It’s January in Chicago at The Source HQ. The traditional climate may have left us — very little snow and bitter cold thus far, thank you very much. But one thing hasn’t changed: it’s prediction season in the commercial real estate business.
Perched as we are on the edge of a new year, we struggle to get a narrative of 2012 before 2012 happens. We sample the economic winds and peer into the tea leaves, trying to divine a trend, spot an opportunity, separate signal from noise. Industry leaders share their outlooks, government agencies publish their data, our personal networks in our markets keep our ears to the ground. And we pay close attention.
But why, exactly?
It’s one thing to read and follow this stuff, but how exactly might we use it? That’s not so clear in every case. To hear that your local mall’s anchor tenant is expanding, prompting a friendly neighborhood tenant rep to cocktail-napkin that mall’s numbers and adjust expectations about the coming year’s negotiations – well, that’s pretty direct use of market intelligence.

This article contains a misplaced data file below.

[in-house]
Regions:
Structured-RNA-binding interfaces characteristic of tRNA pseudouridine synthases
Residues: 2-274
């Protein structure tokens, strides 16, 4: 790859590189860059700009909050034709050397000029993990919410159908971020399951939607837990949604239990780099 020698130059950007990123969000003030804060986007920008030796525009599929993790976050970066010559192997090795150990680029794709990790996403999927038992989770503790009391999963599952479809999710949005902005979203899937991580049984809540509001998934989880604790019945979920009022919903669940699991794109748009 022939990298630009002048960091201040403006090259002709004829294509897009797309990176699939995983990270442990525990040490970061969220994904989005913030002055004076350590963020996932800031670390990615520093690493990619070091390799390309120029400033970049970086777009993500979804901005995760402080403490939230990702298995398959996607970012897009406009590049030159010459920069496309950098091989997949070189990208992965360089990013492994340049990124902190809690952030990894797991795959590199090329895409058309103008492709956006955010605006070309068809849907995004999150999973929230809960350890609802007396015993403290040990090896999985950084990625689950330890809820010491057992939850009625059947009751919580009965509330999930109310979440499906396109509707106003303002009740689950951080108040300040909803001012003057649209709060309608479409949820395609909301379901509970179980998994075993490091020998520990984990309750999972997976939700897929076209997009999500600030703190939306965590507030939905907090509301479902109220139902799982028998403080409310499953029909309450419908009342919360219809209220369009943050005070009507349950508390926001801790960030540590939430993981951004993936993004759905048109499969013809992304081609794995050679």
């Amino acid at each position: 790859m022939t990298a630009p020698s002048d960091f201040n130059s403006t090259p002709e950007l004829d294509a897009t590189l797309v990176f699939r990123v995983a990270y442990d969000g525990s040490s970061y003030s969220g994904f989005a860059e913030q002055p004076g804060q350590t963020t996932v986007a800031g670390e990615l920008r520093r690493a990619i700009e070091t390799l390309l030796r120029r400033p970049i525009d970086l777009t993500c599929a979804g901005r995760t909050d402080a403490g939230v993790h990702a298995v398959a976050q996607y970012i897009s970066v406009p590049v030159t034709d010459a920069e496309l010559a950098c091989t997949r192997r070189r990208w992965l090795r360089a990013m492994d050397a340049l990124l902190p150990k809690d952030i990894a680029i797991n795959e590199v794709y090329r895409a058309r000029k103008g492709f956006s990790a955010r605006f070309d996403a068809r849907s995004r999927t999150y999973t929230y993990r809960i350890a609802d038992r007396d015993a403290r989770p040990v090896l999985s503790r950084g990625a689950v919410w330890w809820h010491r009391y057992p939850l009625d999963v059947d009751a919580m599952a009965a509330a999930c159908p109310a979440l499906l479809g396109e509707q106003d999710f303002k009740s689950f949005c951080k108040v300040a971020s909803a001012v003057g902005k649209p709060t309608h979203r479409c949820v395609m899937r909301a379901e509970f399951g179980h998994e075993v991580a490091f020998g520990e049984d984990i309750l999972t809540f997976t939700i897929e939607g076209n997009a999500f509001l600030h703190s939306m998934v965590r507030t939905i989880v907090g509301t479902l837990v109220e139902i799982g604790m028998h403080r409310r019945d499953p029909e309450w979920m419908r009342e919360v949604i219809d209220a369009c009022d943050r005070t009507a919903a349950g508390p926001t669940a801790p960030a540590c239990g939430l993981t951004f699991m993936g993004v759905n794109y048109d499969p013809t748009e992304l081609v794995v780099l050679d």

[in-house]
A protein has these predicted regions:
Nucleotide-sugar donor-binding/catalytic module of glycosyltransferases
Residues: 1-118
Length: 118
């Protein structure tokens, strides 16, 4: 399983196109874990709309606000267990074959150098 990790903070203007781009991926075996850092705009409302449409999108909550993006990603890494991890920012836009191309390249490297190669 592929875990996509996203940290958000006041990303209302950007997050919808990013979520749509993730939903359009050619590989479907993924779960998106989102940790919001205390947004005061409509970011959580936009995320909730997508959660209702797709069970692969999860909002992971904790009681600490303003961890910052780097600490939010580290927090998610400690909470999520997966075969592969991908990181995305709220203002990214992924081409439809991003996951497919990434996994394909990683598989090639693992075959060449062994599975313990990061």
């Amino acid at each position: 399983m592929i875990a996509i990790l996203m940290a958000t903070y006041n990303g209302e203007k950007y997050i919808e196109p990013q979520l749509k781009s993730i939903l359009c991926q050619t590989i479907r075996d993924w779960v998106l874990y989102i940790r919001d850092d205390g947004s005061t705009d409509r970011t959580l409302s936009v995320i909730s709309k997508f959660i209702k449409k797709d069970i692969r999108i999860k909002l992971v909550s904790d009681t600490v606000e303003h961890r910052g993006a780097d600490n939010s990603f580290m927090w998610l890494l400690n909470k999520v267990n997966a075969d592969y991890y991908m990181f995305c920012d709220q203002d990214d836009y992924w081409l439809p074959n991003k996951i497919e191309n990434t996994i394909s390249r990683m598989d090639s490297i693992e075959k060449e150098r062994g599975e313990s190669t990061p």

But what exactly do you do when you hear something more diffuse and abstract, but with no less potential impact to your neighborhood beat? When such-and-such agency or pundit proclaims a nationwide rise in medical-retail tenants is expected to continue…and that aforementioned mall has no such tenant yet?
This is a question we’re going to be exploring here at The Source this month. We’ll be looking at a series of predictions, but what’s new is we’re going to be starting a discussion on how to use these predictions to get in front of opportunities, better serve communities and add value to transactions. Steps to take to put these forecasts to work and make sense of abstract economic signals.
That’s my prediction, anyway. I might be wrong.